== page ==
MLB's No. 5 Worst Trade in History: The Trade That Lost a World Series
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The year was 2002. The city was New York. The beloved New York Yankees, having just endured a heartbreaking loss to the Arizona Diamondbacks in the previous World Series, looked to regain their stride by signing valuable free agents. Among these free agents were first baseman Jason Giambi, a guaranteed home run hitter who had gained rock star status in Oakland in recent years, and pitcher Mike Mussina, who General Manager Brian Cashman hoped would bring a bit of extra experience to the team’s pitching staff. All in all, things looked positive for the upcoming season
Joining Mussina in the starting rotation were longtime Yankee veterans David Wells and Andy Pettitte, with a 39-year-old Roger Clemens and Orlando “El Duque” Hernandez rounding things out. However, looming in the background among these pitching Adonises lay an unknown. He was a young left-handed pitcher acquired two offseasons ago in exchange for Japanese bust Hideki Irabu and in a few starts in 2001, he had proven his ability to pitch at the major league level despite some flaws that with experience, he would easily overcome. This young pitcher’s name was Ted Lilly, and it was George Steinbrenner’s impatience with him that would ultimately cost the New York Yankees a World Series Championship.
When the 2002 MLB All-Star Break arrived, the Yankees sported a record of 55 wins and 32 losses, with a 2 game lead over the rival Boston Red Sox. The team’s offense was powering its way to wins, but the pitching, while adequate, left something to be desired. Mike Mussina didn’t show the same domination he had with Baltimore, and once lights-out Roger Clemens was slowed by a sore groin. Fan favorite Andy Pettitte spent a couple of months on the disabled list with a strained elbow and Hernandez just appeared to have lost it. As a result, the young Lilly was called upon for some spot starts. Yet, despite posting a 3.40 ERA, he compiled a record of 3 wins and 6 losses in just 11 starts. Then, in his classic impatient fashion, owner George Steinbrenner ordered Cashman to trade for some pitching, no matter what the cost. The team was already stocked with high-priced veterans, so it only made sense that the league minimum earning Lilly be the one to go. Thus, on July 6, 2002, in a three-team deal, the Yankees acquired pitcher Jeff Weaver from the Detroit Tigers, with Lilly going to the Oakland Athletics and first baseman Carlos Peña moving from Oakland to Detroit.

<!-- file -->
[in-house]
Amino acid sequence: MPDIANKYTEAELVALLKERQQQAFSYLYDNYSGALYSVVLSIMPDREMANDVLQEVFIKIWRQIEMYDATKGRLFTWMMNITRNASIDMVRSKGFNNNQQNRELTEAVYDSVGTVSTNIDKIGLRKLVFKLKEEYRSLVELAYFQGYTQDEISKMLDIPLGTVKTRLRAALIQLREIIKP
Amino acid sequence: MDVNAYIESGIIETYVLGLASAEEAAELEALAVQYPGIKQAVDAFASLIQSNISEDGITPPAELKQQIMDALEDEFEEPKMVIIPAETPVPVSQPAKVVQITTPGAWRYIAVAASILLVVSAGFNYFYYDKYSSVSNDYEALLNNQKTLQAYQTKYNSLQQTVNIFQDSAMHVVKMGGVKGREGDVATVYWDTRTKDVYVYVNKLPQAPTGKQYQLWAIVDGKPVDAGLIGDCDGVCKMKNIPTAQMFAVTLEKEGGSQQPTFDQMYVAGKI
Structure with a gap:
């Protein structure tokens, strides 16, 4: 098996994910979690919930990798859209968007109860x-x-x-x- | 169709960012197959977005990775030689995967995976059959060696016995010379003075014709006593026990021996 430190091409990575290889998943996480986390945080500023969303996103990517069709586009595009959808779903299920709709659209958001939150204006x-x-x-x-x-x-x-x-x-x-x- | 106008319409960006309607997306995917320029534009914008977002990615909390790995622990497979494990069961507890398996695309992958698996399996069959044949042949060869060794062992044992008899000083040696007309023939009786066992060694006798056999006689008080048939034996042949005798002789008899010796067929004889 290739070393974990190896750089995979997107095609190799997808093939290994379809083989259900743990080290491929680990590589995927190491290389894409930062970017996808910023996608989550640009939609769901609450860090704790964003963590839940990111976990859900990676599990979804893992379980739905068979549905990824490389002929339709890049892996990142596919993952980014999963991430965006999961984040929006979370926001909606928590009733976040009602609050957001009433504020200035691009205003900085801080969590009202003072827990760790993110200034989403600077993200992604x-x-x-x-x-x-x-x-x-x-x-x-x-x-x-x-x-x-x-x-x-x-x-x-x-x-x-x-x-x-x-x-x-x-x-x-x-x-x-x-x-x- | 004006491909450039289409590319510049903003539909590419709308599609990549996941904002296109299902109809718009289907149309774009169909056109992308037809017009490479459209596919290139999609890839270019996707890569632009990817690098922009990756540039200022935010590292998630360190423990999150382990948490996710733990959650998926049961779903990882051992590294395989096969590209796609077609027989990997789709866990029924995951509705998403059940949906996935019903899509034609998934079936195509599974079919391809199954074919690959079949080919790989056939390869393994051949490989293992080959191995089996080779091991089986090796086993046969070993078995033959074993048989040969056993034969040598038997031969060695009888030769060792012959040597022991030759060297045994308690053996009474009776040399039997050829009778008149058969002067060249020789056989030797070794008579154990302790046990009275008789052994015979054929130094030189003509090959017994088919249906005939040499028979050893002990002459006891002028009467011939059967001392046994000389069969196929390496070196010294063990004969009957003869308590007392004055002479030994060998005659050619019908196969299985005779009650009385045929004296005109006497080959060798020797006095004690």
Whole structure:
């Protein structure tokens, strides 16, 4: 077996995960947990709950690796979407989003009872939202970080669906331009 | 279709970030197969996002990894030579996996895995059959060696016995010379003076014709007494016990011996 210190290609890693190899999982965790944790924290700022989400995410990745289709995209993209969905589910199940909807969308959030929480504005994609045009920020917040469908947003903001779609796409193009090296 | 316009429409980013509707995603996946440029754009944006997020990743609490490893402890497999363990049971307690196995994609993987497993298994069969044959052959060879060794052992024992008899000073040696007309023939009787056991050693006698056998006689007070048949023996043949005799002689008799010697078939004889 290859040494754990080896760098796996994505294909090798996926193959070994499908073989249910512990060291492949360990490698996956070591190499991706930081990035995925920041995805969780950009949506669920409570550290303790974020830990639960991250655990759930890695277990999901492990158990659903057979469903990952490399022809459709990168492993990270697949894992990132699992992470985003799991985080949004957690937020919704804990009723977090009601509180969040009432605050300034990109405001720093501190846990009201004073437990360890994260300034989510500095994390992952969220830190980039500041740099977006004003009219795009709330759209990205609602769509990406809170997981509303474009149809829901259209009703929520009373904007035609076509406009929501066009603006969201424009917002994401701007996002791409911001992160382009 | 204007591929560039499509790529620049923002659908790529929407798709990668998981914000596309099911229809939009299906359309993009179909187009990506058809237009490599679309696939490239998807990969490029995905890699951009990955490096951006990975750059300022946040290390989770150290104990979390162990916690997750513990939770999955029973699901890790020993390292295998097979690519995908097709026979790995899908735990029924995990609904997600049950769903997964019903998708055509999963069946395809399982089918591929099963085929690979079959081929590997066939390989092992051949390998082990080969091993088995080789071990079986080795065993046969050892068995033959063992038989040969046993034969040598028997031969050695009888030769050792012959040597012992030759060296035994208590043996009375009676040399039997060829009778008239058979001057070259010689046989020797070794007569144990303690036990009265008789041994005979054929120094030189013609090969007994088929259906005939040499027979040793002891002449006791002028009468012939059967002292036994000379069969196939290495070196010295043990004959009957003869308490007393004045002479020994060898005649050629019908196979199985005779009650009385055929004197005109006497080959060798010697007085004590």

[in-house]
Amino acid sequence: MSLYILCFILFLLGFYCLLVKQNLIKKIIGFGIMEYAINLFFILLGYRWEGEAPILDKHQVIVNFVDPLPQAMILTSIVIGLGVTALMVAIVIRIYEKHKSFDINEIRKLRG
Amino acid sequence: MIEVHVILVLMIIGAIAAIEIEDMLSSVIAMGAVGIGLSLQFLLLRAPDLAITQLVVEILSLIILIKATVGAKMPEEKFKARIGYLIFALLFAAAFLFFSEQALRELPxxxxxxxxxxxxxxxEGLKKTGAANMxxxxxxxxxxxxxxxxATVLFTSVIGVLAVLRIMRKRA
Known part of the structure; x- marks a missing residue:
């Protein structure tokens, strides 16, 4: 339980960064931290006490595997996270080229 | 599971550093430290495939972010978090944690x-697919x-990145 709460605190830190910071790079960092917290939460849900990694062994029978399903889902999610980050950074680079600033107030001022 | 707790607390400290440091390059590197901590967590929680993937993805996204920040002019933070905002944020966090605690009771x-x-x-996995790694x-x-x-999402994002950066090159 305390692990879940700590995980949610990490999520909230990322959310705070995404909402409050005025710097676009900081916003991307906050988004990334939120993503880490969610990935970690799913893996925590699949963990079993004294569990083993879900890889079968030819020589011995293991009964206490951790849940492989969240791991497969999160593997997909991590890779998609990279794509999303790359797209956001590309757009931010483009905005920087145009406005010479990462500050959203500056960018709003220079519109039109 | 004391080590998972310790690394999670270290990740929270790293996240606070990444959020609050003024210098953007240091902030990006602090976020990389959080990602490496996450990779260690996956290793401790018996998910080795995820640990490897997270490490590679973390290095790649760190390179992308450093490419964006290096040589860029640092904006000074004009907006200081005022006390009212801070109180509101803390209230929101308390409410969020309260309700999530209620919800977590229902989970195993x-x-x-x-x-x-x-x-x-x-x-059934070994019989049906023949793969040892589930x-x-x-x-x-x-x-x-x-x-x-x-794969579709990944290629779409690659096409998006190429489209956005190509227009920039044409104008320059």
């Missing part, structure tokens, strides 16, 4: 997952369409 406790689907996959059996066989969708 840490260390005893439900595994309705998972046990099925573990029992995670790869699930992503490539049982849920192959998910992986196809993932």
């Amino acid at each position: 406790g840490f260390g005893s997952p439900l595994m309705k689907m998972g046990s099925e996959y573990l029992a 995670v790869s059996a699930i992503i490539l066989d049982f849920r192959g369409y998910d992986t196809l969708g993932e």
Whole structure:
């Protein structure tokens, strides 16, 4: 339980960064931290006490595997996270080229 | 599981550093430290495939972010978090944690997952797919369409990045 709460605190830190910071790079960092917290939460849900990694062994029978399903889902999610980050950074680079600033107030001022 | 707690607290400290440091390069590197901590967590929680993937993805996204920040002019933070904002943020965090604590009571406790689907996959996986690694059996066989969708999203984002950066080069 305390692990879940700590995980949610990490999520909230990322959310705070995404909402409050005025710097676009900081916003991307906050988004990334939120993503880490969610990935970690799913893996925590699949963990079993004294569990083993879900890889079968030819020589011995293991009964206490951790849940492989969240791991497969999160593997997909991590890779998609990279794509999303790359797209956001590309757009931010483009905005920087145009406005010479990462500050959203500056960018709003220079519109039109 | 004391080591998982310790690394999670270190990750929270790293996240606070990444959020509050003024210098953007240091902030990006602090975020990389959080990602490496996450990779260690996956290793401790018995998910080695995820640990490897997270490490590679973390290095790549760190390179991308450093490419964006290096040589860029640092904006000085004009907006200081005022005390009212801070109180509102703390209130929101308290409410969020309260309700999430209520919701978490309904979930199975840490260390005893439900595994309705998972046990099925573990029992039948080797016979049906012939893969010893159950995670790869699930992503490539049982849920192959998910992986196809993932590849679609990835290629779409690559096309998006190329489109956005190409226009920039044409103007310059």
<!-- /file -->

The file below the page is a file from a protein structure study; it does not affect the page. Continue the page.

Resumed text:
Right from the start, the trade appeared to have a negative effect for both Oakland and the Yankees. Weaver, who at that point and throughout his career has struggled to find his “stride” in pitching, gave up 12 home runs in 15 appearances with the Yankees, despite posting a record of 5 wins and 3 losses in 8 starts. The following season, he fared much worse. In 32 appearances (24 starts), Weaver managed only 7 wins compared to 9 losses, with an earned run average of 5.99. Lilly’s statistics in his first full season in Oakland were not much better. Rushed into rounding out a rotation already dominated by Oakland’s “Big Three” (Barry Zito, Mark Mulder and Tim Hudson), gave up 24 home runs in less than 200 innings of work, despite posting 12 wins and an earned run average of 4.34.
Now, those reading this article are probably wondering, “Alright…you say this is the fifth worst trade in baseball history. Neither of these players have proven themselves to be Hall-of-Famers, so what do you have against this trade?”